Monday, January 21, 2008

"How many Volkswagen models are there?," 1965

I ran across this VW factory photo in a 1966 copy of the Swiss graphic design magazine Graphis.

The cars shown are 1965 models, though I didn't know you could still buy a Beetle with a canvas sunroof in 1965. Maybe it's what you got if you ordered a sunroof on the non-export version.

Saturday, January 19, 2008

NOS Beck tune-up kit for Bosch ZV/JCU 4 R 3 distributor

I paid a visit to Martin Serrano today and along with a big stack of early Type 3 hubcaps I picked up this cool NOS tune-up kit from the U.S.-based foreign auto parts distributor Beck:

Never mind the nonsense printed on the package (1964 Fastback?), this combination of points and condenser will only work on the rare Bosch ZV/JCU 4 R 3 distributor for 1964 1500S engines.

Beck rebranded the Doduco points and Bosch condenser:

Martin also showed me his NOS copy of the 1966 Beck VW Type 3 catalog, which listed Type 3 accessory overriders and Type 34 tail lights among other rarities. An American parts catalog specific to Type 3s — quite a find.

[illustration from a 1959 Beck all-makes catalog]

Sunday, January 13, 2008

Luftentnahmeschlauch für VW 1500!

I got this NOS Helphos windshield washer hose from Charlie Harlock a while back:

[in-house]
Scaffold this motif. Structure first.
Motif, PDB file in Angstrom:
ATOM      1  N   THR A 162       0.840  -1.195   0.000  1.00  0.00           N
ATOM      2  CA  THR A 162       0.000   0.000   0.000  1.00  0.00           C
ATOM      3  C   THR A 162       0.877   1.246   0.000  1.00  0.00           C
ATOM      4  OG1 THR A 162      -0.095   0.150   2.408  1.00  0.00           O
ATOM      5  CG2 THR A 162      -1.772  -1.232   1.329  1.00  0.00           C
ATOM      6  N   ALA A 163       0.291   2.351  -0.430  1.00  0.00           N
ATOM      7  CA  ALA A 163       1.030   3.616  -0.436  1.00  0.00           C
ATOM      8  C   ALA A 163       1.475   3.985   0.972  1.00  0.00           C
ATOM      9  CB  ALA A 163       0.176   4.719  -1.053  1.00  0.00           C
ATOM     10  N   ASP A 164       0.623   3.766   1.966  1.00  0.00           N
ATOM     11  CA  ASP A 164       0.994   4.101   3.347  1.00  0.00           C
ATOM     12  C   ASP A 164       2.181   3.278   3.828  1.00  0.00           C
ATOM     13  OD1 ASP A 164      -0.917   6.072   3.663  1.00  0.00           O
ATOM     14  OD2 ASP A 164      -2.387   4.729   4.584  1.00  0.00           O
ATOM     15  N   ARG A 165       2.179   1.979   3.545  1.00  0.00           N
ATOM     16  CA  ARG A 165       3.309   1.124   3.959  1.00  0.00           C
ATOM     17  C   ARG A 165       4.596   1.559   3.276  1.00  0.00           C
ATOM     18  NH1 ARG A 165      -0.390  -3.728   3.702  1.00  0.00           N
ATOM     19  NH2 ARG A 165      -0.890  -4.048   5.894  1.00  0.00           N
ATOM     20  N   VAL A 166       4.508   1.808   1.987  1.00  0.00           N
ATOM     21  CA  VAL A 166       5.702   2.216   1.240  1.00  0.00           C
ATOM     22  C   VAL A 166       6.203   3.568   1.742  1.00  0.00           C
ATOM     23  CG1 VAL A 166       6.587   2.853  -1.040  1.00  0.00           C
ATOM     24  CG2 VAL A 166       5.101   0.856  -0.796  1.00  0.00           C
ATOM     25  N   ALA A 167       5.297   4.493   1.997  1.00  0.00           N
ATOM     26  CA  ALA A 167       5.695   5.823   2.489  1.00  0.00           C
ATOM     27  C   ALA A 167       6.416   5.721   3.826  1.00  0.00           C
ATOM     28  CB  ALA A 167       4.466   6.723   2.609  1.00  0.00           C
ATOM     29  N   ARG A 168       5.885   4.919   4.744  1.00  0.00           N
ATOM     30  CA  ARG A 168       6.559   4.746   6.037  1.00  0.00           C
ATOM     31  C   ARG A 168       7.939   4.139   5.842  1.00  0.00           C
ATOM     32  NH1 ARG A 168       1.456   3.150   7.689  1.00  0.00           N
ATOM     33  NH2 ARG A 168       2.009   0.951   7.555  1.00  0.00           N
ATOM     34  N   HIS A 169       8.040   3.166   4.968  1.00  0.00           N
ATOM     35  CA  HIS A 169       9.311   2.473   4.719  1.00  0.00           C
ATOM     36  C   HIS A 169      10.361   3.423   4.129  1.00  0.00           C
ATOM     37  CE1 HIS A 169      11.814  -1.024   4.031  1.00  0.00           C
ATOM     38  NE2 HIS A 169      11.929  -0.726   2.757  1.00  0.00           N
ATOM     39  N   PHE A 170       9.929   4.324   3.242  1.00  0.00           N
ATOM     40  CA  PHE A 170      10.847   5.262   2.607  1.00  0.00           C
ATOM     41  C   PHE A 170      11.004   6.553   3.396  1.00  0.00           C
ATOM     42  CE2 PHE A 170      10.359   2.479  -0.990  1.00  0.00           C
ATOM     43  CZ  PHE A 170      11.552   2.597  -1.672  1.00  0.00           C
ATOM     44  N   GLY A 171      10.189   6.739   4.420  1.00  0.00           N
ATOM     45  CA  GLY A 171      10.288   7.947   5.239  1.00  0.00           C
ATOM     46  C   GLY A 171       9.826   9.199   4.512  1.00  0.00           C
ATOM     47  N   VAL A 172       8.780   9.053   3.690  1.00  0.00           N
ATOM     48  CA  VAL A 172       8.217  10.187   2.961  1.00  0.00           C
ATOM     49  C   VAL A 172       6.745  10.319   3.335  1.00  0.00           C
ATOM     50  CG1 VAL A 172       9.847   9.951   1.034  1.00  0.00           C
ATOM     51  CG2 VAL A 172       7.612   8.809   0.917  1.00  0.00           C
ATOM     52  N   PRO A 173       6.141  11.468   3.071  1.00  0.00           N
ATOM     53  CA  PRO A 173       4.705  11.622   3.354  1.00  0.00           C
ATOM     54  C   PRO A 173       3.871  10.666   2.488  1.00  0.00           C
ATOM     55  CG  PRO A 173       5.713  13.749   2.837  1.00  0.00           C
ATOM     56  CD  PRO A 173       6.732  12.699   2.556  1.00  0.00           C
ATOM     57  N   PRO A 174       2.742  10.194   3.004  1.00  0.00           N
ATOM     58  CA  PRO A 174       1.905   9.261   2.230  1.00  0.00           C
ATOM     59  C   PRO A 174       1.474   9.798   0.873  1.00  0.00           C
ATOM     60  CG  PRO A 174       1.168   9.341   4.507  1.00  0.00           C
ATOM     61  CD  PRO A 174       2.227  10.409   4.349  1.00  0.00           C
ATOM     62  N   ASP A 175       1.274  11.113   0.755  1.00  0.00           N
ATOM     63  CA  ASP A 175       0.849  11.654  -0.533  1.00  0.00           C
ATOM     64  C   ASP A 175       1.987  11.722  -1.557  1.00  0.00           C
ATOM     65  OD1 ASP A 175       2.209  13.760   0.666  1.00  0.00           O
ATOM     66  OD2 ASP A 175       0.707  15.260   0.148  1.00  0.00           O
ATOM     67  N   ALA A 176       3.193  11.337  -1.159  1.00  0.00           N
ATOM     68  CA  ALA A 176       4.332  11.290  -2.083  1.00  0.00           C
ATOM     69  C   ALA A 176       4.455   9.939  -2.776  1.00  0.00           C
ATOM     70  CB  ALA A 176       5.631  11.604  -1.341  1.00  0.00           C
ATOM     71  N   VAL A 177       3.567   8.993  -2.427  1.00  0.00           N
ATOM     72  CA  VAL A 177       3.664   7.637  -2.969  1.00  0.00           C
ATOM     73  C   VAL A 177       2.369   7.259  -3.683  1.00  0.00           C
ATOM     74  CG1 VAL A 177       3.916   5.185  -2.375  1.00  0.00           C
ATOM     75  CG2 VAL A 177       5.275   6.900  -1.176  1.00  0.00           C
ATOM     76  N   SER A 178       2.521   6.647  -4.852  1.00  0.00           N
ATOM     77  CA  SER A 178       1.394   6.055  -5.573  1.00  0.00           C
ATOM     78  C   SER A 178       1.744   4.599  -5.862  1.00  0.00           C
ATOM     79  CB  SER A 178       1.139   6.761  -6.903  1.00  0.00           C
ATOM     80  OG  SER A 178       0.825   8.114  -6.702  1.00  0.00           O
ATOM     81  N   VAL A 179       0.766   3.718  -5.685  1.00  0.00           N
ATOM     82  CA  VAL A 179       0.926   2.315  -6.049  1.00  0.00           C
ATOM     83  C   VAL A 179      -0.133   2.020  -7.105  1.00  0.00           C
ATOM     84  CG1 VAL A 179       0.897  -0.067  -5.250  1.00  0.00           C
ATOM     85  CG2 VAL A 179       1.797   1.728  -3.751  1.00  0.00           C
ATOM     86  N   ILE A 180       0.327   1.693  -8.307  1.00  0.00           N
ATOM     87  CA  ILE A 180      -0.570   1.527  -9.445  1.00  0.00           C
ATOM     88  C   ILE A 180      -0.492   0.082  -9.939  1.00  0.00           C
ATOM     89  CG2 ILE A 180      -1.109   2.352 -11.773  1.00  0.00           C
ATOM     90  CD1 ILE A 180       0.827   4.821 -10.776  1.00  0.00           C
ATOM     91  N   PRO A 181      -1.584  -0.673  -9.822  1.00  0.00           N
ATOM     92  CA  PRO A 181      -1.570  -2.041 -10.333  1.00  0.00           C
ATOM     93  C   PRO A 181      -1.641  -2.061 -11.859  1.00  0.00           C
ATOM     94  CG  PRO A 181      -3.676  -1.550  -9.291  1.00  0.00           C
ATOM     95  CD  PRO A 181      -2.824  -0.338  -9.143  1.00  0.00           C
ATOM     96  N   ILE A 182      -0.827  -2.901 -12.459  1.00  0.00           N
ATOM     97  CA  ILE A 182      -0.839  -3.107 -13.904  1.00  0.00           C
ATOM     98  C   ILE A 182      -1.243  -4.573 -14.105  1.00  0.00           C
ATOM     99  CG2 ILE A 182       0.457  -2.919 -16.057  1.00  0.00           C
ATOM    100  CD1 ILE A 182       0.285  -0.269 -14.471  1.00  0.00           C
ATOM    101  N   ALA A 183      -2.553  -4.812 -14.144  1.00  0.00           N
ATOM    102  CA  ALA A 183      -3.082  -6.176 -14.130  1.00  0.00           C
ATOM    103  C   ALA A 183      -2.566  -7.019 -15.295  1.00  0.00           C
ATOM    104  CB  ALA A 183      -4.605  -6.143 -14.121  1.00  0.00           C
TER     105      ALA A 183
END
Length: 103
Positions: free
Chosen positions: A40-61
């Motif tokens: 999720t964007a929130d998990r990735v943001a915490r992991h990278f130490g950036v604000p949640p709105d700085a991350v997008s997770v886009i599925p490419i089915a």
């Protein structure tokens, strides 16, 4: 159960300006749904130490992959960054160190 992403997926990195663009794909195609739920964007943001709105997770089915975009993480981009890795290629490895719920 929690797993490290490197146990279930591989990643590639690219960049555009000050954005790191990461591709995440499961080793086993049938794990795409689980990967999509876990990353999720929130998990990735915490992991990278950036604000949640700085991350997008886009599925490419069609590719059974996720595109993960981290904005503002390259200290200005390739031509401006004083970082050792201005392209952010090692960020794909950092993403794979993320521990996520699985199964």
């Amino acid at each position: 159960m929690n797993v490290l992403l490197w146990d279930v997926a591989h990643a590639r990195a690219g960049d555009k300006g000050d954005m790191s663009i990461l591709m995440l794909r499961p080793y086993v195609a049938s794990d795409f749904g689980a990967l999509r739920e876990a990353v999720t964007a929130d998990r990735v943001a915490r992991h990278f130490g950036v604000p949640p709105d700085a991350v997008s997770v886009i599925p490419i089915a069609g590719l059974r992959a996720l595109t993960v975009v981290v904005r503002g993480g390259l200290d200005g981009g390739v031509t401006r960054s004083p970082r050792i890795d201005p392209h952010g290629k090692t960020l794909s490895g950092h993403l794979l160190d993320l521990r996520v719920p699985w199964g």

This is the accessory hose that draws air from the spare tire to keep the windshield washer reservoir pressurized. There's a check valve that ensures the spare's pressure doesn't get too low. I believe a similar part eventually became standard equipment on later Type 3s.

The VW 1500 version is considerably longer than the one for the 1200. Here's the instruction sheet:

[Insert "clean windshield at the expense of an inflated spare" joke here.]

Friday, January 4, 2008

1963 VW 1500 Karmann-Ghia colors

I finally found a copy of this rare accordion-fold brochure which shows the incredible number of paint and upholstery options available for both the 1500 Ghia coupe and cabriolet in 1963. This copy is undated, but I've seen other copies that carry the date "1/63," when Karmann was still gearing up for the cabriolet production run that unfortunately never happened. On the bright side, the decision to halt production of the cabriolet kept a manila yellow Ghia with a black and yellow interior and a red convertible top from ever being produced, so we can be thankful for that.

This is an odd brochure because it doesn't correspond to the options that were actually available to the public in 1963. In addition to the cabriolet never being available for purchase, there were other interior color options available in 1963 that don't appear here, such as the option of red interiors for anthracite cars and the black vinyl interior option for all car colors, as documented in The Samba's Type 34 color reference page. Maybe these additional options were introduced sometime later in the 1963 model year in reaction to public demand or criticism in the press. Road & Track's February 1963 road test of a 1962 model described the available interior color combinations as "garish and tasteless." That must have hurt.